Please help me find the real Barcelona
September 11, 2018 11:22 AM   Subscribe

I’m in Barcelona for the next 4-6 days, and so far I kinda hate it. Please help me find the real city hiding within the toxic tourist mess.

In the midst of an epic 17-day trip to Spain. I’ve been to Madrid, Toledo, Cordoba, and Sevilla, and I’m not exaggerating when I say I fell in love with every one of those cities. Today I arrived in Barcelona, which everybody seems to love, but so far, I hate it. I guess it doesn’t help that I’m staying in Barri Gotic, which I imagined would be an historic city center, but instead seeks pretty grimy, sketchy, and overrun with tourists. Las Ramblas feels positively toxic and absolutely overrun with tourists. Everywhere I go, crowds of tourists. Tourists tourists tourists.

Don’t get me wrong — I know there are a lot of sights to see, and I plan to see all of them. I have my trusty copy of Rick Steves Spain, I’ve made my Sagrada Familia and Park Guell reservations, I have the Barcelona Art Card. I’m good on all the sightseeing stuff. But when I visit a city, I like to get a feel for what the city is really like, what it’s like to live there, what the people are like, that kind of thing. Everywhere else in Spain, this has been easy, fun, and pleasurable. Barcelona feels ... challenging. Everywhere else I’ve been in Spain has just been so totally chill! Even Madrid seemed like a more-chill NYC. I liked Madrid quite a lot, actually.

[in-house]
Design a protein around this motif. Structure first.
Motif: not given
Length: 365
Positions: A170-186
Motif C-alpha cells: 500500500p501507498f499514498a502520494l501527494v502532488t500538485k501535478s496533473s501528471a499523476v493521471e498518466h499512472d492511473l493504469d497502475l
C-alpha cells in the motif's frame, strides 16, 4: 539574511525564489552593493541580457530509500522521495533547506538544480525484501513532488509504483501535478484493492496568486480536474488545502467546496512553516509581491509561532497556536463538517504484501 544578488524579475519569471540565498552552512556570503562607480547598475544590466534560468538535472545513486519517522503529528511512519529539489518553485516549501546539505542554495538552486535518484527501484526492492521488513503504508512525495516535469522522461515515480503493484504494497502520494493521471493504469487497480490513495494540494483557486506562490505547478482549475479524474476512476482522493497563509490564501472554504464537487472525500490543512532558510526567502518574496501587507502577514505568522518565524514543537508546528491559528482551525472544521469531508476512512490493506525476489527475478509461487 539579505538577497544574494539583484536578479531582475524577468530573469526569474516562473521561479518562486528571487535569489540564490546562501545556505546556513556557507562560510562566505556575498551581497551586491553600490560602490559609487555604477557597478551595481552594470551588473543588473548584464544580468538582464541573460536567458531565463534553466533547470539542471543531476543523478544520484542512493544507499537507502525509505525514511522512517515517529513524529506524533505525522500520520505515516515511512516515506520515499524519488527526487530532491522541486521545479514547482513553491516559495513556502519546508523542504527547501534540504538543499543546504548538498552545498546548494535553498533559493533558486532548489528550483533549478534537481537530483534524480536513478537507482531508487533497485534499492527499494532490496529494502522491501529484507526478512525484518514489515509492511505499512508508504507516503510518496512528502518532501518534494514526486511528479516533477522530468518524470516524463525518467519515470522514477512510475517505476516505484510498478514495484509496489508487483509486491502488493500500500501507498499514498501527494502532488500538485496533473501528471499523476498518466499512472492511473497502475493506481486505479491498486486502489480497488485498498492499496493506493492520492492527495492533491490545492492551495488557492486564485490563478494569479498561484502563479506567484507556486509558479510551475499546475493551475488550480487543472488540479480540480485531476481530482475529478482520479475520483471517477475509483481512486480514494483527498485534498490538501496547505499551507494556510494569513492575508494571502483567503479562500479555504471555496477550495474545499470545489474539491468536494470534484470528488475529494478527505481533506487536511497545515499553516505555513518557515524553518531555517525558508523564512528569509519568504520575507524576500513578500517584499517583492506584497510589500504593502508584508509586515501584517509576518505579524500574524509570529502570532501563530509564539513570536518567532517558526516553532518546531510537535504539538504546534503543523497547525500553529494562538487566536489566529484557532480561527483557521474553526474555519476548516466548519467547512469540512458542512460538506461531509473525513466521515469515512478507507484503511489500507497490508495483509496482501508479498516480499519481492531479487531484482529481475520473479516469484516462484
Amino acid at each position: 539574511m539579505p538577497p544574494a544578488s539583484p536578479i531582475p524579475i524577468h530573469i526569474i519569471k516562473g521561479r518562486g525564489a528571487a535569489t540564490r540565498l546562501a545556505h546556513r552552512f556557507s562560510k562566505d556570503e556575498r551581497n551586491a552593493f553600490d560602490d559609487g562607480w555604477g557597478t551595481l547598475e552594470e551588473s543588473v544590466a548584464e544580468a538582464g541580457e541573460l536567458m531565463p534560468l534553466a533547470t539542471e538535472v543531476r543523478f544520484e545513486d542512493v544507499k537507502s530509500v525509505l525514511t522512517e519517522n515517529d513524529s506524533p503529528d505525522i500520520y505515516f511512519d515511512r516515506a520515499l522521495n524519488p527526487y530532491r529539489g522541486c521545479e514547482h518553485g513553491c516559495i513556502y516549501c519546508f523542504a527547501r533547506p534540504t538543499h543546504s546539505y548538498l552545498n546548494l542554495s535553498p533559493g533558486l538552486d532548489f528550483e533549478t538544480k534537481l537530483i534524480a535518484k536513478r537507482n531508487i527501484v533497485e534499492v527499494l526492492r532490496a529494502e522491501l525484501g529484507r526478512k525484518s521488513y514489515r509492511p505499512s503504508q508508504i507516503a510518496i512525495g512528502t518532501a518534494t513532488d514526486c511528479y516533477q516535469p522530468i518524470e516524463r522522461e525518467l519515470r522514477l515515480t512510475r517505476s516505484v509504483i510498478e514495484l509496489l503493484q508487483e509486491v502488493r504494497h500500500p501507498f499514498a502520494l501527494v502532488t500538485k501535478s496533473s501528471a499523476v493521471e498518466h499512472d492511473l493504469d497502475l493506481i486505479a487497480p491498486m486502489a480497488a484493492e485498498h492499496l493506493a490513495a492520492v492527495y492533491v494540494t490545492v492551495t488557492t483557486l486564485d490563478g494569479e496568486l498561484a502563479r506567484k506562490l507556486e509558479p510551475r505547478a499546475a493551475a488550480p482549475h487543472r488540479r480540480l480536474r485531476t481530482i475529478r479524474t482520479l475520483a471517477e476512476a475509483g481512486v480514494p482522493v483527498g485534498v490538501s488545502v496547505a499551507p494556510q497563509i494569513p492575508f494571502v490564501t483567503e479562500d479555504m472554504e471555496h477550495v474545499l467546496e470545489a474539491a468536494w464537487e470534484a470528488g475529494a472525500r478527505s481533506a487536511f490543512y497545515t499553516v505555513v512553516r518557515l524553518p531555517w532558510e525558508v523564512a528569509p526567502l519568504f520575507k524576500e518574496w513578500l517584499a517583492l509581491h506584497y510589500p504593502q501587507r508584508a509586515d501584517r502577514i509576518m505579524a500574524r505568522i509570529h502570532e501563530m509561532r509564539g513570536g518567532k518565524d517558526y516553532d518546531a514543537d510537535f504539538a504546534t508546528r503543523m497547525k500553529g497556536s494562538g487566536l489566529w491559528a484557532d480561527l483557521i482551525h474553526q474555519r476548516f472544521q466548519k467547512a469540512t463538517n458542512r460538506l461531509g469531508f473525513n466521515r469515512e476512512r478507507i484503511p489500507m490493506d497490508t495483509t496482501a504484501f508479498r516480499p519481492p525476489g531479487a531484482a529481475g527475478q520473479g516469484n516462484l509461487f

And so I turn to you, AskMe : where do I go to experience the real Barcelona? Is there a real Barcelona in there to be experienced? Where do the locals hang out? Where can I go when I’m not sightseeing so that I don’t go insane?
posted by panama joe to Travel & Transportation around Barcelona, Spain (25 answers total) 13 users marked this as a favorite
 
* also this trip has included Granada, which I absolutely loved. In fact, that’s the last place I visited before BCN.

Maybe part of what I’m experiencing is extreme culture shock after spending nearly a week in Andalucia?
posted by panama joe at 11:23 AM on September 11, 2018


The urban planning world is currently obsessed with Barcelona's superblocks - I would love a chance to go and see them in person. The whole purpose of them is to make neighborhoods more neighborhoody, so they might be just what you're looking for.
posted by showbiz_liz at 11:27 AM on September 11, 2018 [6 favorites]


I don't know if it's your thing, but Barcelona has some great bespoke cobbler types who make amazing shoes that will never fit anyone other than you... and they're not all outrageously expensive either. Serious old-school craftsmanship.

They're mostly in the Gothic Quarter (?) if I remember right.
posted by rokusan at 11:33 AM on September 11, 2018 [5 favorites]


I loved Barcelona, didn't book/queue for the touristy stuff but walked around from park guell in the north to the water on the south. Crowds are awful but they tend to clump together so just pick a side street and head away from them. Stop for sangria and tasty looking forward on a regular basis! I don't think you can fully avoid crowds if you want to see the sights but walk quickly and confidently and you can still make progress.

I found granada, in particular the alhambra awfully touristy though, yes the mountains of the rest of andalusia are far more quiet.
posted by JonB at 11:33 AM on September 11, 2018